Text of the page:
During the War of 1812 (1812-1815), 75% of U.S. casualties were the result of disease, not combat or wounds. Cannabidiol (CBD), found in the cannabis sativa plant, treats three of the diseases that were decimating American, British, Canadian and Native American armed forces throughout the war. Its use could have saved thousands – if not tens of thousands – of lives among servicemen and civilians of all peoples.

Tragically, medical science was about 125 years away from discovering CBD and conducting pharmacological experiments. (Of note, however, cannabis went on to become standard issue for U.S. Army medics in the 1890s.) Moreover, competing demands for the resources needed to produce full-spectrum CBD would have required sacrifices from those not in uniform – sacrifices not to be taken for granted.

If CBD had been used in the War of 1812 to treat diseases though, imagine how different the outcome could have been. As the United States honors fallen U.S. service members on Memorial Day, let’s imagine a less grim fate for those who perished during two years and eight months of carnage on land and at sea.

Cannabis Sativa-Produced Hemp: Worth Going to War Over

Cannabis sativa, chosen over sister subspecies cannabis indica to produce hemp, was fundamental to why the fledgling United States entered what was then a conflict between the British and French empires. The United States remained neutral up until British maneuvering resulted in Americans being cut off from 80% of their Russian hemp supply.

Americans needed hemp to produce cordage, cloth, canvas, sacks and paper from its fiber. Hemp was available domestically from Kentucky, Missouri and Illinois, but it was 3 times faster and cheaper to import it from Russia than to transport Southern and Midwestern hemp. So, this meant war.

Until the cotton gin was introduced roughly 10 years after the War of 1812, an estimated 80% of all clothes, textiles, fabrics, linen, bedsheets and drapes were made of hemp.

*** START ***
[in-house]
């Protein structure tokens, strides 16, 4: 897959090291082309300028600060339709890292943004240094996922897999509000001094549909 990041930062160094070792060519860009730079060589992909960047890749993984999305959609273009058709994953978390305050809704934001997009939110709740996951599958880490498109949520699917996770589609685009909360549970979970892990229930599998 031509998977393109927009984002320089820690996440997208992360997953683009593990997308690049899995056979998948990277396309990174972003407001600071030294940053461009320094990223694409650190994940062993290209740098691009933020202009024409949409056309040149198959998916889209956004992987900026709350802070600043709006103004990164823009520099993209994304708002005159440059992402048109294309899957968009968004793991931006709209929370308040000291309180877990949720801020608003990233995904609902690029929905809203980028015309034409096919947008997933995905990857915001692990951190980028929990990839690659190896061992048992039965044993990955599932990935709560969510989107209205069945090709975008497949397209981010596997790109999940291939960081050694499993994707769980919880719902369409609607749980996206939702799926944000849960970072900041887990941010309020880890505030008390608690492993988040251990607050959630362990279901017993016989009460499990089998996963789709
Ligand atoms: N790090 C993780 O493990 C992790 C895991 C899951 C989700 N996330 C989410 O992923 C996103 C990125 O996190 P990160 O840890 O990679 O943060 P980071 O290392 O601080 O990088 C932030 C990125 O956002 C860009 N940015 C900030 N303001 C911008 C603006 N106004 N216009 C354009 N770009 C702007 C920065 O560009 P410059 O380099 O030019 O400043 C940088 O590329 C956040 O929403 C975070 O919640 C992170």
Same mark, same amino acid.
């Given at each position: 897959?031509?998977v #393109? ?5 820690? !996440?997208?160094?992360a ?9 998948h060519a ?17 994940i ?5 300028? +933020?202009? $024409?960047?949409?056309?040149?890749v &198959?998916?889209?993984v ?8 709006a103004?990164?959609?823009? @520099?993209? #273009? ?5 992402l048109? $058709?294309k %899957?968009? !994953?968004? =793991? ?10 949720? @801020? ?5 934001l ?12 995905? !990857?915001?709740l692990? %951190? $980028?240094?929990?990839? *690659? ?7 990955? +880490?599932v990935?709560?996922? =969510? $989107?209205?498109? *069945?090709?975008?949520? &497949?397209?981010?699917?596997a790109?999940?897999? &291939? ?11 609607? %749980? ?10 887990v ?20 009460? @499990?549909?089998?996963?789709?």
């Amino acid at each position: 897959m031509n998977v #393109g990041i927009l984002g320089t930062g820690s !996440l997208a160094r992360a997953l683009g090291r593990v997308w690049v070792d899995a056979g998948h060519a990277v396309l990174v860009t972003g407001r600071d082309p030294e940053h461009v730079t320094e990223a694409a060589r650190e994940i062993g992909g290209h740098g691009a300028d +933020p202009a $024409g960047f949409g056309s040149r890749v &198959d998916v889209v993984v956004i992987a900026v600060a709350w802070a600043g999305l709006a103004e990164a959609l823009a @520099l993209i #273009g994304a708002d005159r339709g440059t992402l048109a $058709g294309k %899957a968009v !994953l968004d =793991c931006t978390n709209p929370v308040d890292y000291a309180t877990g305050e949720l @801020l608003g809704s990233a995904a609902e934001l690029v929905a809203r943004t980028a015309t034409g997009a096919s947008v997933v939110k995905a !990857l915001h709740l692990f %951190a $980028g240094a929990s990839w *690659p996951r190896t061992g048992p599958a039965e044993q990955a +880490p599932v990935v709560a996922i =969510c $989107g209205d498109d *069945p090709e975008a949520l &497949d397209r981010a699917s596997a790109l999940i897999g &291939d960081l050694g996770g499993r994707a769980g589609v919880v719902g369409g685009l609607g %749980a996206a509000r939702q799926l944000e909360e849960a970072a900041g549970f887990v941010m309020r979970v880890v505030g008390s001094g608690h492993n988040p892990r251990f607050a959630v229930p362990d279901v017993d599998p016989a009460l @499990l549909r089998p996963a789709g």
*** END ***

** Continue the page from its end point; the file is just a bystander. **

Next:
Until the cotton gin was introduced roughly 10 years after the War of 1812, an estimated 80% of all clothes, textiles, fabrics, linen, bedsheets and drapes were made of hemp.

Siding with France, the United States declared war on Great Britain on June 18, 1812. Initially, 7,000 men served in the U.S. military; by the end of the war, there were 35,000, plus a militia of 458,000. Those who died in battle numbered 2,260; twice that (4,505) endured nonmortal wounds. Those who died from disease numbered roughly 12,700.

Conditions in the Field

The odds of dying of disease were so intimidating that around 20% of American land forces chose desertion – which meant being shot on sight if caught – over risking exposure to illness. Although that choice is fiercely unpatriotic, consider the following common scenario for context:

You’re in a cramped, muddy trench, wanting nothing more than shelter from the elements and a good night’s sleep. Instead, you’re freezing and exhausted, and in front and back of you are dozens of men struck with the gastrointestinal disease dysentery. And the trench has no area set aside for a latrine (i.e., toilet) due to that era’s limited understanding of the science of germs in relation to poor sanitation.

That was just one alternative to running off into the woods as a deserter, so the fact that the remaining 80% of American land forces persevered says a lot about them. The patriotism of those who fought in what’s often called the Second War of Independence is incredible.   

The war ended on Feb. 17, 1815, when Great Britain and the United States ratified the Treaty of Ghent that both sides’ delegates had signed on Dec. 24, 1814. Interestingly, the date Dec. 24 factored into peace amid a U.S.-entangled war again, 100 years later, for the Christmas Truce of 1914 during World War I.

Dec. 24 was a harbinger of peace in U.S. military history more than once, as Head shows in our feature on the Christmas Truce during World War ICassowary Colorizations, CC BY 2.0 via Wikimedia Commons

CBD Production in the Field as an Idea

Could military surgeons have made a CBD concoction to administer to disease-ravaged soldiers and seamen? The answer to that question – spoiler alert, it’s “yes” – lies in the answers to these three other questions.

1. Was CBD-rich cannabis likely to exist?

Yes. And the reason for that is the motivation to produce ever-coveted hemp. A cannabis sativa crop is easily optimized for hemp production by leaving both the male and female plants in the crop – the same strategy for maximizing the plant’s CBD contents.

2. Could you perform CBD extraction right there in the battlefield?

Probably. Although this article’s author is no chemist or botanist, logic defends the following possibility.

Once you have the raw cannabis sativa plant, one way to extract its CBD is to use ethanol. Ethanol extraction via maceration in particular was used for centuries to obtain botanical extracts. This is the option that War of 1812 medics could have improvised in the field. In its simplest terms, the method entails:

1) Soaking cannabis in ethanol.

2) Filtering the solid cannabis out of the liquid mixture.